Belgian tax authorities and double taxation of French dividends: granting a tax credit under certain conditions


Double taxation of French dividends – new circular of 28 May 2021 – The Belgian tax administration finally allows the granting of a tax credit but only if the dividends are mentioned in the personal income tax return.

French dividends received by a Belgian resident individual are subject to an initial withholding tax in France at the current rate of 12.80% and are then taxable in Belgium at a rate of 30%.

In order to remedy this double taxation, the current Franco-Belgian tax treaty provides for a lump-sum foreign tax credit (QFIE) to be deducted from the Belgian tax under the conditions set by Belgian law, which may not be less than 15%.

Until then, the Belgian tax authorities systematically refused to grant this tax credit, considering that Belgian tax legislation no longer allowed individuals to benefit from a lump-sum foreign tax credit.

In rulings of June 16, 2017 and October 15, 2020, the Belgian Court of Cassation ruled otherwise, considering that the treaty allowing this tax credit should take precedence over Belgian tax legislation.

In a circular dated May 28, 2021 (2021/C/49), the Belgian tax authorities finally agreed with the case law of the Court of Cassation and accepted to limit the double taxation of dividends by allowing the deduction of a QFIE from Belgian tax.

For example: If you received a French dividend of €100.00 that is fully taxable in Belgium, the effective tax rate will be reduced as follows

  • Estimated French withholding tax: €100.00 X 12.80% = €12.80 (1)
  • Estimated Belgian tax: 87.20 € (“border” income) X 30% = 26.16 € (2)
  • Estimate of the QFIE that can be deducted from the Belgian tax: 87.20 € (“border” income) X 15 % = 13.08 € (3)
  • Total tax: 12.80 € (1) + 26.16 € (2) – 13.08 € (3) = 25.88 € instead of 38.96 €.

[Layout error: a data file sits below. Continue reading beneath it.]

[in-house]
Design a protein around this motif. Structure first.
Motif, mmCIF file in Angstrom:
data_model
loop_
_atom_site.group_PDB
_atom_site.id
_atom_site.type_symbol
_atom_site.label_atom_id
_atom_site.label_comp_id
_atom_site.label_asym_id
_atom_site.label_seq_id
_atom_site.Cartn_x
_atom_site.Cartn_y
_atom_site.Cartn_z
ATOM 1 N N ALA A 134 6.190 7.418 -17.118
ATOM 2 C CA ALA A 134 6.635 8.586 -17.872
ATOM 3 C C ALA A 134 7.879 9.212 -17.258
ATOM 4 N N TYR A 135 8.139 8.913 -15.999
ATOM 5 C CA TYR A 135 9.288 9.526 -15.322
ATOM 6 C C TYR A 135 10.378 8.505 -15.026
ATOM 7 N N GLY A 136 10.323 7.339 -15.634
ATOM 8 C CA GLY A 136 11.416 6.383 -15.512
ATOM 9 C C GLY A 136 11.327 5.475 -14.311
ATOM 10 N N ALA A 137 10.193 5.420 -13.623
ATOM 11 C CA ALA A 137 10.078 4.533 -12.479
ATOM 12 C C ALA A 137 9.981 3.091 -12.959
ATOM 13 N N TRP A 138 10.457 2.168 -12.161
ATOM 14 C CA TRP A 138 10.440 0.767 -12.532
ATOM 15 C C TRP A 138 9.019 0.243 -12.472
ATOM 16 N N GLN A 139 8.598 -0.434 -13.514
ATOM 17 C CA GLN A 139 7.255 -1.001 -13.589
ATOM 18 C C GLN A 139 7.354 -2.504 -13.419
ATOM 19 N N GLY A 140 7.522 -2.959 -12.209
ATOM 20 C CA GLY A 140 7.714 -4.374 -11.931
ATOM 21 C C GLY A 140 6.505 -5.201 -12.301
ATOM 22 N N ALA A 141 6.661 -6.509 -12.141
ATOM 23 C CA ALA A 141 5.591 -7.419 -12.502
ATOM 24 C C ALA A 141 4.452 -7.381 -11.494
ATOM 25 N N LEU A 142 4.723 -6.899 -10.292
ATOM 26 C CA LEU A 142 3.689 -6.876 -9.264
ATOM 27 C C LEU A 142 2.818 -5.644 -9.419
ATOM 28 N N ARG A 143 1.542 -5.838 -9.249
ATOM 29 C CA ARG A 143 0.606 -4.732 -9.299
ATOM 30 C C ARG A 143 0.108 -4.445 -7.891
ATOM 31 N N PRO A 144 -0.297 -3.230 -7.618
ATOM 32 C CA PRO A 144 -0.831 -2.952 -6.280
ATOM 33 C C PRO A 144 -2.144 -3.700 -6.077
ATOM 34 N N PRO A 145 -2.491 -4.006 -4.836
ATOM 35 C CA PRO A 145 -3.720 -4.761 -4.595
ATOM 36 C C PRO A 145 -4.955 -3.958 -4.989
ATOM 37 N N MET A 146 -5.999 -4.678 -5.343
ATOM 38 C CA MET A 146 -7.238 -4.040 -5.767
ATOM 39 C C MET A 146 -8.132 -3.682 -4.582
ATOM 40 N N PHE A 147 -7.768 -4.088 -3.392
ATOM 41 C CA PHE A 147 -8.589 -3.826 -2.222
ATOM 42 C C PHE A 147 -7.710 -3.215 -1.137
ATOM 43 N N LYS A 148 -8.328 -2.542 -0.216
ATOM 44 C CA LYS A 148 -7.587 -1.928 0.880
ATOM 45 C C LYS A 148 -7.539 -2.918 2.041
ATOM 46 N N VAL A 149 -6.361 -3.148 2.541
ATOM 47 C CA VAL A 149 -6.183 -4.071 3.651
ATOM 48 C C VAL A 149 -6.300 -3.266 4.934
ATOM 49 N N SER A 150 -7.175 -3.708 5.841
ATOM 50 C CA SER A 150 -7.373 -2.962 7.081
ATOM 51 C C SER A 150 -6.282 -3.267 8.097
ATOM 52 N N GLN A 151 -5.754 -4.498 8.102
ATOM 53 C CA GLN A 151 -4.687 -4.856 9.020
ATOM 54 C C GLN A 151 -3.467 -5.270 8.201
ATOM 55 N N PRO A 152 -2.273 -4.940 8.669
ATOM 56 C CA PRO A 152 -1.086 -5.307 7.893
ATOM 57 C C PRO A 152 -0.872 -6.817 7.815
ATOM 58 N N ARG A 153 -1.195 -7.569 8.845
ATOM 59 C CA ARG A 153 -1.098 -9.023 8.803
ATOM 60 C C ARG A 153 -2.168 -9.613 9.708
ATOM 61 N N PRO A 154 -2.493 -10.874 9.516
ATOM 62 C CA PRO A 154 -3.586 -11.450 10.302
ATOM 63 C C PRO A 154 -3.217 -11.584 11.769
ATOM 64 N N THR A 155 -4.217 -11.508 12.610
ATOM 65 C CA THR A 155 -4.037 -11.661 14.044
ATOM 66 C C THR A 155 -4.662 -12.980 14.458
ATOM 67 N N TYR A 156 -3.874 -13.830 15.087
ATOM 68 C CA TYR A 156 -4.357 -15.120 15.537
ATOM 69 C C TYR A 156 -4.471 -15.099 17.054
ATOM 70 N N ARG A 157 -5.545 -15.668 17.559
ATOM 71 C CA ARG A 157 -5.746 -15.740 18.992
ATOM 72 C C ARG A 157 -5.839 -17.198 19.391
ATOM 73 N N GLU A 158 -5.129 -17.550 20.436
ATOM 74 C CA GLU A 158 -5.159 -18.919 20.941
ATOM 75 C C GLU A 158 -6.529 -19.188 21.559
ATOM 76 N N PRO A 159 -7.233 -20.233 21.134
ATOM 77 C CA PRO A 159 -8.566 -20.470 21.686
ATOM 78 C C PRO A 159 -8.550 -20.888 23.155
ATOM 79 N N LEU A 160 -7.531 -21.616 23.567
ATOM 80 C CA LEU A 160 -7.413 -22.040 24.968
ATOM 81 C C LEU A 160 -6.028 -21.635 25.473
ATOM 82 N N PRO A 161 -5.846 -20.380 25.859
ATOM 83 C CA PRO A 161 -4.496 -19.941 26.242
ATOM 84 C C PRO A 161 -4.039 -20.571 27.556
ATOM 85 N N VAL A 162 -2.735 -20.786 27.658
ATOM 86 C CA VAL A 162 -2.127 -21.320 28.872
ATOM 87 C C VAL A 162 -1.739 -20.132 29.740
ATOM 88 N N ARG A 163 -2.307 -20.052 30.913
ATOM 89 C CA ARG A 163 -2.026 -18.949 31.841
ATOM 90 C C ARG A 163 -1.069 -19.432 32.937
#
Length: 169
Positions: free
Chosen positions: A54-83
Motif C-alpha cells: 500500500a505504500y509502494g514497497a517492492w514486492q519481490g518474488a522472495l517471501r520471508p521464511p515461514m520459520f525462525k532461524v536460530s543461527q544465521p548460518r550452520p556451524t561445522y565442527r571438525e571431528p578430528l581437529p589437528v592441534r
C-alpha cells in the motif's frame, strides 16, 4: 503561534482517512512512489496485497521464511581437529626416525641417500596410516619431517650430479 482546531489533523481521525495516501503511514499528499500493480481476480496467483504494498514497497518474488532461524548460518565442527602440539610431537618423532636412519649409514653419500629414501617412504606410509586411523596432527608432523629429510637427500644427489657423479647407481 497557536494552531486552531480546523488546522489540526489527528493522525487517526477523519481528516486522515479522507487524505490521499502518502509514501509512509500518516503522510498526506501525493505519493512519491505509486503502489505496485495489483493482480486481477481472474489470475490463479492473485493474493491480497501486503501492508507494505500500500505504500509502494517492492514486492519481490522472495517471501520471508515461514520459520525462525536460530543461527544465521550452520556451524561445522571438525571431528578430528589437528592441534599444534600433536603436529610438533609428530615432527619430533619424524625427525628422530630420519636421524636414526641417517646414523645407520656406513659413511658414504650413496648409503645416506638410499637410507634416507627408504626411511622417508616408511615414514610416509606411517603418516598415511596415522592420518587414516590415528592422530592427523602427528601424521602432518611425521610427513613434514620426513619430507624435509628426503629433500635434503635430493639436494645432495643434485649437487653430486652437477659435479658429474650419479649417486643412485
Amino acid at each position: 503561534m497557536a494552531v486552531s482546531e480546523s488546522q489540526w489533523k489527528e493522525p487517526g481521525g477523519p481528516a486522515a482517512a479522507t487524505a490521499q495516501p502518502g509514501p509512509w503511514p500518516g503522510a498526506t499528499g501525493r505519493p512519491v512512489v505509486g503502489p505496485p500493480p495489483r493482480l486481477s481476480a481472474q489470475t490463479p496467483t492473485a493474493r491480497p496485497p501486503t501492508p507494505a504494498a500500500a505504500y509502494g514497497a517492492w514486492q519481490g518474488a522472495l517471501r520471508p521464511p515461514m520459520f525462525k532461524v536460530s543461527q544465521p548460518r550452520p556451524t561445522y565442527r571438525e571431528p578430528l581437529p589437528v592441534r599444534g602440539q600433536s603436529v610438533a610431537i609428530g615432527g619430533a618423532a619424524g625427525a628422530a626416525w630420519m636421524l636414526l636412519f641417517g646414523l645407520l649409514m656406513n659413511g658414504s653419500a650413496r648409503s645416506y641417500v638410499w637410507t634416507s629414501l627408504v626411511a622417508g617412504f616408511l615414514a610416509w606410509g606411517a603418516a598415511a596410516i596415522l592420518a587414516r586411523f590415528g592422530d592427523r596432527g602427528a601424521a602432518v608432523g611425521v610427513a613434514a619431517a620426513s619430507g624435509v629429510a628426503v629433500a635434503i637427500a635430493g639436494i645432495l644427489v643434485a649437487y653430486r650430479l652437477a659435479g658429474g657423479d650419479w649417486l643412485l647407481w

Therefore, thanks to the tax credit, the effective tax rate is reduced from 38.96% to 25.88%, i.e. a tax gain of 13.08%. The French source dividends (rate: 25.88%) are therefore less taxed than the Belgian source dividends (rate: 30%).

However, the Belgian tax authorities only accept the granting of this tax credit on the condition that the dividends have been mentioned in the personal income tax return.

In principle, only dividends received directly abroad should be declared. Until now, there was no obligation or even interest to declare dividends received in Belgium, which are subject to the withholding tax.

According to the current position of the tax authorities, if you wish to claim the tax credit, you are now required to declare all dividends, whether received in Belgium or abroad, with or without withholding tax.

However, the inability to benefit from the QFIE for dividends that have been subject to the withholding tax and that have not been mentioned in the tax return is still controversial.

In a decision of December 15, 2020, the Ghent Court of Appeal held that the rules of internal procedure and declaration could not be opposed to the obligation imposed by the Franco-Belgian tax treaty. The Court of Cassation is also expected to rule on this issue.  In the meantime, we can only advise taxpayers who wish to benefit from this tax credit to report the dividends in their tax return.

For French dividends received before 2020, the Belgian tax authorities will only allow the tax credit if the dividends have been included in the tax return or integrated in the taxable base by the tax authorities and a claim has been filed within the legal time limit of 6 months.

In view of the evolution of the case law of the Court of Cassation, many taxpayers who no longer had the possibility to lodge a claim within the six-month period, have lodged an application for an ex officio rebate for “double use” within the extended period of 5 years.

In its circular, the Belgian administration rejects the requests for automatic relief, considering that there would be no “double use” in this case, as the Franco-Belgian convention expressly provides for the taxation of these dividends in both States. This position is highly questionable and will undoubtedly also be the subject of further debate in the courts.